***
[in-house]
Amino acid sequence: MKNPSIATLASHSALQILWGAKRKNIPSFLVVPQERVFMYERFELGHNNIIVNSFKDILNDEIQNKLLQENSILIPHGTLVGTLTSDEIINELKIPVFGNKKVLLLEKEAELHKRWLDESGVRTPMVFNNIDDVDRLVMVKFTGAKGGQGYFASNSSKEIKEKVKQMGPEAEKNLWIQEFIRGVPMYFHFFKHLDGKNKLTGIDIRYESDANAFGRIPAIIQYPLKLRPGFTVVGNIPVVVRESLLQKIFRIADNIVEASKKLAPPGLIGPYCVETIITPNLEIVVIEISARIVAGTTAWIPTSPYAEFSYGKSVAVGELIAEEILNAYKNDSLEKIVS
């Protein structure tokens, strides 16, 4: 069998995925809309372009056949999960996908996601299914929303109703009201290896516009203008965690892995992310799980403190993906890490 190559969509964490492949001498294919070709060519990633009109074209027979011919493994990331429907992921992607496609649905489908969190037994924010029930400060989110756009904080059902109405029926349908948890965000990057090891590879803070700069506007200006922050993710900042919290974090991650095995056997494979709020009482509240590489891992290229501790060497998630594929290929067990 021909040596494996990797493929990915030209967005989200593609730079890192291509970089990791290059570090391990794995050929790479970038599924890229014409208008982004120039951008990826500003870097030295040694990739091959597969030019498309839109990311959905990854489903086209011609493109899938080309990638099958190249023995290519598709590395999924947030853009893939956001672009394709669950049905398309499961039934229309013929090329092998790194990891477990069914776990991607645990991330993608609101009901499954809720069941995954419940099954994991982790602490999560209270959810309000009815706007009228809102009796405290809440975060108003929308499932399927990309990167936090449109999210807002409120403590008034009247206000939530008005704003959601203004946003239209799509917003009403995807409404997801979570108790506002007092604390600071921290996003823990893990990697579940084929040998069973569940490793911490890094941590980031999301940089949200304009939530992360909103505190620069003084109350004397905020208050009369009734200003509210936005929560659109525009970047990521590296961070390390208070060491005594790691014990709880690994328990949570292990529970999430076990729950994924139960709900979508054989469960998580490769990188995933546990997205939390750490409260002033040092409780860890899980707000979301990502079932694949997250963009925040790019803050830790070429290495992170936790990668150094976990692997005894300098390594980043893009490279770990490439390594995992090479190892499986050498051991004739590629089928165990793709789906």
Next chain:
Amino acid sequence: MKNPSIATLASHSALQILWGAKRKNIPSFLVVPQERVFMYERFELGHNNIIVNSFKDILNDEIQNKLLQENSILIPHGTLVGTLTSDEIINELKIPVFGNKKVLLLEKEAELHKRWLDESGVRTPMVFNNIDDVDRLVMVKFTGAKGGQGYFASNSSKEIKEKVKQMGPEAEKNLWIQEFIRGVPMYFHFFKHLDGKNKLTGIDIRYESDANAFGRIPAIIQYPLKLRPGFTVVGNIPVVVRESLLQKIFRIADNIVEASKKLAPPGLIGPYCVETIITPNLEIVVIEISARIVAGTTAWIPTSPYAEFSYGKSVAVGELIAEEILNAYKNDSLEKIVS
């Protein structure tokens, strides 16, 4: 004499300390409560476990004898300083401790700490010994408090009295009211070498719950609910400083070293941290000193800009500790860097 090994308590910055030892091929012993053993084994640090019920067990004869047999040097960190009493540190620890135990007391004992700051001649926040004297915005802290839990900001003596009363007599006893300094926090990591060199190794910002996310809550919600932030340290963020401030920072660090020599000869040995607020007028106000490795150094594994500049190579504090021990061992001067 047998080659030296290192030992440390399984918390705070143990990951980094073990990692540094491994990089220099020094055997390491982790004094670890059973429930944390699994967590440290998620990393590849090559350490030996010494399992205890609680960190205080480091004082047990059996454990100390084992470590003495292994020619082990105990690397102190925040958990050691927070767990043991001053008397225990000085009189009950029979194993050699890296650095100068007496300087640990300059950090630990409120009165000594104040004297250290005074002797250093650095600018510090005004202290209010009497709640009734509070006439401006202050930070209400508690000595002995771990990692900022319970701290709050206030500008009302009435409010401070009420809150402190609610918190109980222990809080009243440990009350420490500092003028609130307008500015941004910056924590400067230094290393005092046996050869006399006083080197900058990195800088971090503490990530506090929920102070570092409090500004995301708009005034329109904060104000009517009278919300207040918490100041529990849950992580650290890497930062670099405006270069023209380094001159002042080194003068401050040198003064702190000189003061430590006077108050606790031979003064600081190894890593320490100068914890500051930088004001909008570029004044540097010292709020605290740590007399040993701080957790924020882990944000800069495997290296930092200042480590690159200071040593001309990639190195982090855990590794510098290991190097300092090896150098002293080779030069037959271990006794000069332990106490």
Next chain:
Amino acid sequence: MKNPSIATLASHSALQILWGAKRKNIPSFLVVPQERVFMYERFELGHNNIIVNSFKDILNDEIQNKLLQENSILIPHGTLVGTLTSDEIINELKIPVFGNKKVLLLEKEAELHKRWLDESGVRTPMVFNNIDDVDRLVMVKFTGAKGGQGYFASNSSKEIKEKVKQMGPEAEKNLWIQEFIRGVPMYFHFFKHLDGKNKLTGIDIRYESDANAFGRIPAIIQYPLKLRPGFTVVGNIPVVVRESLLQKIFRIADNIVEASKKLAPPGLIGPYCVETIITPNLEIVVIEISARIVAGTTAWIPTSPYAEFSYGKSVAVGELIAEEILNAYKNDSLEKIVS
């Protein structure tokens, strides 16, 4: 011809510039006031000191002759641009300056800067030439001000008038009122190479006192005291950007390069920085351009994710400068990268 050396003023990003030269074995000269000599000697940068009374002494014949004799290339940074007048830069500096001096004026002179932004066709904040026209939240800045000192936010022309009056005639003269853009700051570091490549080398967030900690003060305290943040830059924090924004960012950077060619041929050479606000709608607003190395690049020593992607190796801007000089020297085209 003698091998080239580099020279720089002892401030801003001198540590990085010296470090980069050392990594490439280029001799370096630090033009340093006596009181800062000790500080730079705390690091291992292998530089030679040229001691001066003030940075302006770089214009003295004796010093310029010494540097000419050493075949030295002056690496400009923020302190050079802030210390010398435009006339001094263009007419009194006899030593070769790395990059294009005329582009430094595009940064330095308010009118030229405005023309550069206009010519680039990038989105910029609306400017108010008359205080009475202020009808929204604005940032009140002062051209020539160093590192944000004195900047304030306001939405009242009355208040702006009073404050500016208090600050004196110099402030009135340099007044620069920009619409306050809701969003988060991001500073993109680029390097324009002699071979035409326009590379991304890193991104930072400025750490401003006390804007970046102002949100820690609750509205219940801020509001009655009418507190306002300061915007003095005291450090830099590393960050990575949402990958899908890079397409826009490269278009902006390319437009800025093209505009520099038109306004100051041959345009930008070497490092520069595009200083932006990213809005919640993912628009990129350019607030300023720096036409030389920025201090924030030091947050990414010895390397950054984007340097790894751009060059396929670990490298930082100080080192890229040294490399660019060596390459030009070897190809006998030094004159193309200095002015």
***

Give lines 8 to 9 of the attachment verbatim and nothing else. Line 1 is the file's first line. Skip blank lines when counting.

Amino acid sequence: MKNPSIATLASHSALQILWGAKRKNIPSFLVVPQERVFMYERFELGHNNIIVNSFKDILNDEIQNKLLQENSILIPHGTLVGTLTSDEIINELKIPVFGNKKVLLLEKEAELHKRWLDESGVRTPMVFNNIDDVDRLVMVKFTGAKGGQGYFASNSSKEIKEKVKQMGPEAEKNLWIQEFIRGVPMYFHFFKHLDGKNKLTGIDIRYESDANAFGRIPAIIQYPLKLRPGFTVVGNIPVVVRESLLQKIFRIADNIVEASKKLAPPGLIGPYCVETIITPNLEIVVIEISARIVAGTTAWIPTSPYAEFSYGKSVAVGELIAEEILNAYKNDSLEKIVS
């Protein structure tokens, strides 16, 4: 011809510039006031000191002759641009300056800067030439001000008038009122190479006192005291950007390069920085351009994710400068990268 050396003023990003030269074995000269000599000697940068009374002494014949004799290339940074007048830069500096001096004026002179932004066709904040026209939240800045000192936010022309009056005639003269853009700051570091490549080398967030900690003060305290943040830059924090924004960012950077060619041929050479606000709608607003190395690049020593992607190796801007000089020297085209 003698091998080239580099020279720089002892401030801003001198540590990085010296470090980069050392990594490439280029001799370096630090033009340093006596009181800062000790500080730079705390690091291992292998530089030679040229001691001066003030940075302006770089214009003295004796010093310029010494540097000419050493075949030295002056690496400009923020302190050079802030210390010398435009006339001094263009007419009194006899030593070769790395990059294009005329582009430094595009940064330095308010009118030229405005023309550069206009010519680039990038989105910029609306400017108010008359205080009475202020009808929204604005940032009140002062051209020539160093590192944000004195900047304030306001939405009242009355208040702006009073404050500016208090600050004196110099402030009135340099007044620069920009619409306050809701969003988060991001500073993109680029390097324009002699071979035409326009590379991304890193991104930072400025750490401003006390804007970046102002949100820690609750509205219940801020509001009655009418507190306002300061915007003095005291450090830099590393960050990575949402990958899908890079397409826009490269278009902006390319437009800025093209505009520099038109306004100051041959345009930008070497490092520069595009200083932006990213809005919640993912628009990129350019607030300023720096036409030389920025201090924030030091947050990414010895390397950054984007340097790894751009060059396929670990490298930082100080080192890229040294490399660019060596390459030009070897190809006998030094004159193309200095002015």